RFC 3925 Vendor-Identifying Vendor Options October 2004 2. Supporting Multiple Vendor Instances The options defined in this document may each contain data corresponding to more than one vendor. The data portion of each option defined here contains an enterprise number (assigned by IANA [3]), followed by an internal data length, followed by vendor- specific data. This sequence may be repeated multiple times within each option. Because the aggregate of the vendor-specific data for either option may exceed 255 octets, these options are hereby declared to be "concatenation-requiring", as defined by RFC 3396 [4]. As such, for each of the two options defined here, the aggregate of all instances of vendor-specific data is to be considered one long option. These long options can be divided into smaller options for packet encoding in conformance with RFC 3396, on whatever octet boundaries are convenient to the implementation. Dividing on the boundaries between vendor instances is not required but may be convenient for encoding or packet tracing. 3. Vendor-Identifying Vendor Class Option A DHCP client may use this option to unambiguously identify the vendor that manufactured the hardware on which the client is running, the software in use, or an industry consortium to which the vendor belongs. The information contained in the per-vendor data area of this option is contained in one or more opaque fields that may identify details of the hardware configuration. This option may be used wherever Vendor Class Identifier (option 60) may be used, as described in RFC 2131 [2], except for DHCPNAK messages, where other options are not permitted. It is most meaningful in messages from DHCP client to DHCP server (DHCPDISCOVER, DHCPREQUEST, DHCPINFORM). Littlefield Standards Track [Page 3]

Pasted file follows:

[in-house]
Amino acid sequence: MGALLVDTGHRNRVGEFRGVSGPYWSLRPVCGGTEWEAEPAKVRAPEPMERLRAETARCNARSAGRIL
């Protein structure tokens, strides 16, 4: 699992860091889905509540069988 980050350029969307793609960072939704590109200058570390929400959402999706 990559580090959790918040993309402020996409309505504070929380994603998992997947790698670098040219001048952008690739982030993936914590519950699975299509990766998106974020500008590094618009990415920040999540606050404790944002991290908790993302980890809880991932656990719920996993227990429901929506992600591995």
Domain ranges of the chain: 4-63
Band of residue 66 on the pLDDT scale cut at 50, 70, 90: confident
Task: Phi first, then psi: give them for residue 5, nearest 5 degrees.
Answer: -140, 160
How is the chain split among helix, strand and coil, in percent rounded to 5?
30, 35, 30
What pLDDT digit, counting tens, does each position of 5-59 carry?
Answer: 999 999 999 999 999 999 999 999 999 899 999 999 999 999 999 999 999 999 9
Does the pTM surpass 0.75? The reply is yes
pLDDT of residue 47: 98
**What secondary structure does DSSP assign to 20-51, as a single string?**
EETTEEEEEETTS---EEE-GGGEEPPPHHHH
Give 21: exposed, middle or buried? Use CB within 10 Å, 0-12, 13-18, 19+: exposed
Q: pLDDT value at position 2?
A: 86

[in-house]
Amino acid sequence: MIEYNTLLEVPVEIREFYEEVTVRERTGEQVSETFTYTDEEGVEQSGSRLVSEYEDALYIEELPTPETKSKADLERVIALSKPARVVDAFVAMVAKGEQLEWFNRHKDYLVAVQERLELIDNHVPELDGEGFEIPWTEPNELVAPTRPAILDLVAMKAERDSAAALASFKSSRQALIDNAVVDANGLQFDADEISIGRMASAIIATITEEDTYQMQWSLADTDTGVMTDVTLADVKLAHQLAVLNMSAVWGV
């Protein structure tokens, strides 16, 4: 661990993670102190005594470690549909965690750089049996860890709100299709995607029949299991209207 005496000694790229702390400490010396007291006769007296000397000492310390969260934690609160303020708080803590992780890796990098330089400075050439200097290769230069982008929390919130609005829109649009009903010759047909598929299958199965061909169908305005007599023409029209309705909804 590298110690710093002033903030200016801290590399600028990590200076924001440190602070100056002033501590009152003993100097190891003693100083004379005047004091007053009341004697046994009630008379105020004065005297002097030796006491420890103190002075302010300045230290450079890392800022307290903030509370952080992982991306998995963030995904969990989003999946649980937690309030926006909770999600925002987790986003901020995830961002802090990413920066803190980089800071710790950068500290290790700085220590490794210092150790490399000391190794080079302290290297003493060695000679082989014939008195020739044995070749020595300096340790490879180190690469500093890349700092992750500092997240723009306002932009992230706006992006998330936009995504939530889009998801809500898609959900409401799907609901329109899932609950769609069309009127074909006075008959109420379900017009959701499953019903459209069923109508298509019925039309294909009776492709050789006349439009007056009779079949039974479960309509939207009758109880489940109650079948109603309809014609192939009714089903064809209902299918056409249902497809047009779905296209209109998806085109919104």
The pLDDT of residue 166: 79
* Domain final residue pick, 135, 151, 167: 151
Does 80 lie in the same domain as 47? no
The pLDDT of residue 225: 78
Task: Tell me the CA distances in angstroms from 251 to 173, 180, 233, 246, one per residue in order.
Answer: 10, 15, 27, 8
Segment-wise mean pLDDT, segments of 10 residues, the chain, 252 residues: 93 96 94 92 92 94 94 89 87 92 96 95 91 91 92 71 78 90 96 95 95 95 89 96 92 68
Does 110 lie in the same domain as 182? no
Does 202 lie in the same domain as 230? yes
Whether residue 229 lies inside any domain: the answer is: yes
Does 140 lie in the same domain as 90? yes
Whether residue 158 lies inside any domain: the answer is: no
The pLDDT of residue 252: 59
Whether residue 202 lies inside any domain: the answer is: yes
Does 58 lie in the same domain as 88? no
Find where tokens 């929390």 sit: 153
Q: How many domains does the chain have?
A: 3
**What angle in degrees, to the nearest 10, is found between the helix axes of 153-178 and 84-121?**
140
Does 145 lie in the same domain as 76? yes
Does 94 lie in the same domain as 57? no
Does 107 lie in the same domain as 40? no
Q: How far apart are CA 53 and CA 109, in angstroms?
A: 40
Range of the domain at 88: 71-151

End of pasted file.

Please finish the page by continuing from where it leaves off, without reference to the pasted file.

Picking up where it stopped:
RFC 3925 Vendor-Identifying Vendor Options October 2004 The format of the V-I Vendor Class option is as follows: 1 1 1 1 1 1 0 1 2 3 4 5 6 7 8 9 0 1 2 3 4 5 +-+-+-+-+-+-+-+-+-+-+-+-+-+-+-+-+ | option-code | option-len | +-+-+-+-+-+-+-+-+-+-+-+-+-+-+-+-+ | enterprise-number1 | | | +-+-+-+-+-+-+-+-+-+-+-+-+-+-+-+-+ | data-len1 | | +-+-+-+-+-+-+-+-+ | / vendor-class-data1 / +-+-+-+-+-+-+-+-+-+-+-+-+-+-+-+-+ ---- | enterprise-number2 | ^ | | | +-+-+-+-+-+-+-+-+-+-+-+-+-+-+-+-+ | | data-len2 | | optional +-+-+-+-+-+-+-+-+ | | / vendor-class-data2 / | +-+-+-+-+-+-+-+-+-+-+-+-+-+-+-+-+ | ~ ... ~ V +-+-+-+-+-+-+-+-+-+-+-+-+-+-+-+-+ ---- option-code OPTION_V-I_VENDOR_CLASS (124) option-len total length of all following option data in octets enterprise-numberN The vendor's 32-bit Enterprise Number as registered with IANA [3] data-lenN Length of vendor-class-data field vendor-class-dataN Details of the hardware configuration of the host on which the client is running, or of industry consortium compliance This option contains information corresponding to one or more Enterprise Numbers. Multiple instances of this option may be present and MUST be concatenated in accordance with RFC 3396 [4]. An Enterprise Number SHOULD only occur once among all instances of this option. Behavior is undefined if an Enterprise Number occurs multiple times. The information for each Enterprise Number is treated independently, regardless or whether it occurs in an option with other Enterprise Numbers or in a separate option. Littlefield Standards Track [Page 4]